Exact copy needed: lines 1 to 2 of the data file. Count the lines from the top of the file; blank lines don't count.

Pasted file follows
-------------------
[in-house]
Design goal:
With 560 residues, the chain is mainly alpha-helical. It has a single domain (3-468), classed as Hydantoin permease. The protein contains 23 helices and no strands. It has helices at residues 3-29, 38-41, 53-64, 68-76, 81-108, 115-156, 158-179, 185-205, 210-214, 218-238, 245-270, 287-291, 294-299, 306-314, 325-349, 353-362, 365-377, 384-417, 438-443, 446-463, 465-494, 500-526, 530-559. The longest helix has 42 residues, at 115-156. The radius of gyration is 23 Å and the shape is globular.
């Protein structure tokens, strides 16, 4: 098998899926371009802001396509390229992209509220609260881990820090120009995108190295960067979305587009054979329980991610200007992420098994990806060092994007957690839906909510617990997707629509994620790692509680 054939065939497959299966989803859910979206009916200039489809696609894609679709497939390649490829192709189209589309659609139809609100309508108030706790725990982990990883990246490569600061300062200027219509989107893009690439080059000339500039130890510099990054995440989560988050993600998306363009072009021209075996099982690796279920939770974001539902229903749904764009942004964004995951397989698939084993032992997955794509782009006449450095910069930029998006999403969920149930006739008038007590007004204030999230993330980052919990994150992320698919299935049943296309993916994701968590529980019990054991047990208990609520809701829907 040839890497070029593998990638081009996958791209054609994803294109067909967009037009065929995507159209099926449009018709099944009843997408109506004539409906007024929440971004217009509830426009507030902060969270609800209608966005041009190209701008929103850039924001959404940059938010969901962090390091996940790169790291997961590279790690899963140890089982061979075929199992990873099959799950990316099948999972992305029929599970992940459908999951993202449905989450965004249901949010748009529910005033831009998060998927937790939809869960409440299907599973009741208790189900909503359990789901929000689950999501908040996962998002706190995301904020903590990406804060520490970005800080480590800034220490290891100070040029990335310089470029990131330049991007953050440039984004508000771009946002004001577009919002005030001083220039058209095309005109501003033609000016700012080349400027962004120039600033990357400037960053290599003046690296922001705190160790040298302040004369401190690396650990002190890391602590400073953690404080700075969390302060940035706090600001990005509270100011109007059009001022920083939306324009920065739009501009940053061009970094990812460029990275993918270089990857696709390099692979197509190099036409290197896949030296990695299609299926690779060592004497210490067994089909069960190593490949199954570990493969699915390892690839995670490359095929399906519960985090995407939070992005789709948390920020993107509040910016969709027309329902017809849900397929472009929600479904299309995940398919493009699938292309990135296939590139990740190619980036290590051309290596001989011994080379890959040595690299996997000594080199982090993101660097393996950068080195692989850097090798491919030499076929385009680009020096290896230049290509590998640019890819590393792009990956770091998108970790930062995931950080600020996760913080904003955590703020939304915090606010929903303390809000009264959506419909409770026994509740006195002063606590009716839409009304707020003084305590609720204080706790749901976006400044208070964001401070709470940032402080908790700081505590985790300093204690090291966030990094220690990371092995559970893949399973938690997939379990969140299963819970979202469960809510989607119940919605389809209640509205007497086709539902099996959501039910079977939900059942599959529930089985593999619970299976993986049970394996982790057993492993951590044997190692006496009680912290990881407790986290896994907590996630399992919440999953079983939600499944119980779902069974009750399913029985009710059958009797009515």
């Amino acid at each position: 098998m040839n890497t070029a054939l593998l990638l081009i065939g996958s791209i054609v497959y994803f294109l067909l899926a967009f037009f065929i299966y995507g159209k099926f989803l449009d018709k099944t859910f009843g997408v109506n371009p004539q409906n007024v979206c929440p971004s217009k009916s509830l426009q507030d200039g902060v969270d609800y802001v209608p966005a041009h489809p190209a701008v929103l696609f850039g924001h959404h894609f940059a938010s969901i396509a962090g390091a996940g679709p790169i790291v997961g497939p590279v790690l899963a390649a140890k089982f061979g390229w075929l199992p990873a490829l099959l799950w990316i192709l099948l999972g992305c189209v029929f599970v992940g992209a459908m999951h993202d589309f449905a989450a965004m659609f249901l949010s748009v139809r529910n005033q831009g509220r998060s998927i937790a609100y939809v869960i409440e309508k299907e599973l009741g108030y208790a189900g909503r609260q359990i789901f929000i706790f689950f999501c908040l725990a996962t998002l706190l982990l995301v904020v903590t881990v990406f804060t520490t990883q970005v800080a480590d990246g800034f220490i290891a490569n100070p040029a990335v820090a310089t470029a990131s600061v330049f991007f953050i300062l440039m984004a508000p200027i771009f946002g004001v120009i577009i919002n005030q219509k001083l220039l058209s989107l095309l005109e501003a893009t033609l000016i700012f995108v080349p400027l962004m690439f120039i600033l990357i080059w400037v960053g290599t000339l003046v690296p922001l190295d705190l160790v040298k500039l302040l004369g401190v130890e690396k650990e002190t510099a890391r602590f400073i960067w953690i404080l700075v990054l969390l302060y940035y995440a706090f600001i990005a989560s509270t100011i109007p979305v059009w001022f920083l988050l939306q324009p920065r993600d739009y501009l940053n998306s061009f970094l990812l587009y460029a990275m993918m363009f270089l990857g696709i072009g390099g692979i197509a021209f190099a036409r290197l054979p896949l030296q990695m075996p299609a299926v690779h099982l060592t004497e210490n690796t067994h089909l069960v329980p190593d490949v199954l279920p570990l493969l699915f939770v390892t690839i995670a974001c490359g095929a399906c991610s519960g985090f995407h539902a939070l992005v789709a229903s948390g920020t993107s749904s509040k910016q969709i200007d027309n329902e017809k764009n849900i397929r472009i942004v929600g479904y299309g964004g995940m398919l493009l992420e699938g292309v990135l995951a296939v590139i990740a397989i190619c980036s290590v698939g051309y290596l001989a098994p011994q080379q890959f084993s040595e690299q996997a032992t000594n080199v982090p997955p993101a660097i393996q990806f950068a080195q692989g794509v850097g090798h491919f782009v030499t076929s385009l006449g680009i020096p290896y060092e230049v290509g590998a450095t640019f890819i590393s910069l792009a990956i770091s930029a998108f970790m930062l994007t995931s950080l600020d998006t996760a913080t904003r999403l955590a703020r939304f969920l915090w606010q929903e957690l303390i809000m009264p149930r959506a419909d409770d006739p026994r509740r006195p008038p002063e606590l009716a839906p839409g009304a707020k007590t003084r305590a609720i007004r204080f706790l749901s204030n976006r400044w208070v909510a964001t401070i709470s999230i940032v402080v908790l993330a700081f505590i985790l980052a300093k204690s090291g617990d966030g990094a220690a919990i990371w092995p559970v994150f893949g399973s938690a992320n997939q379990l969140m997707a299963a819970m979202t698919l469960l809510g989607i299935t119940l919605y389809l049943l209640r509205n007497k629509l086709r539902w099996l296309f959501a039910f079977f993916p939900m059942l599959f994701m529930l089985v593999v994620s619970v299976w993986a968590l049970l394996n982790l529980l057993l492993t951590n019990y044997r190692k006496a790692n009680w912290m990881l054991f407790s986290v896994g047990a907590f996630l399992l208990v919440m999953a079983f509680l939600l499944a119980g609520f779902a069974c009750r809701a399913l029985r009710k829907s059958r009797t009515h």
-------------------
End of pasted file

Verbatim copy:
[in-house]
Design goal: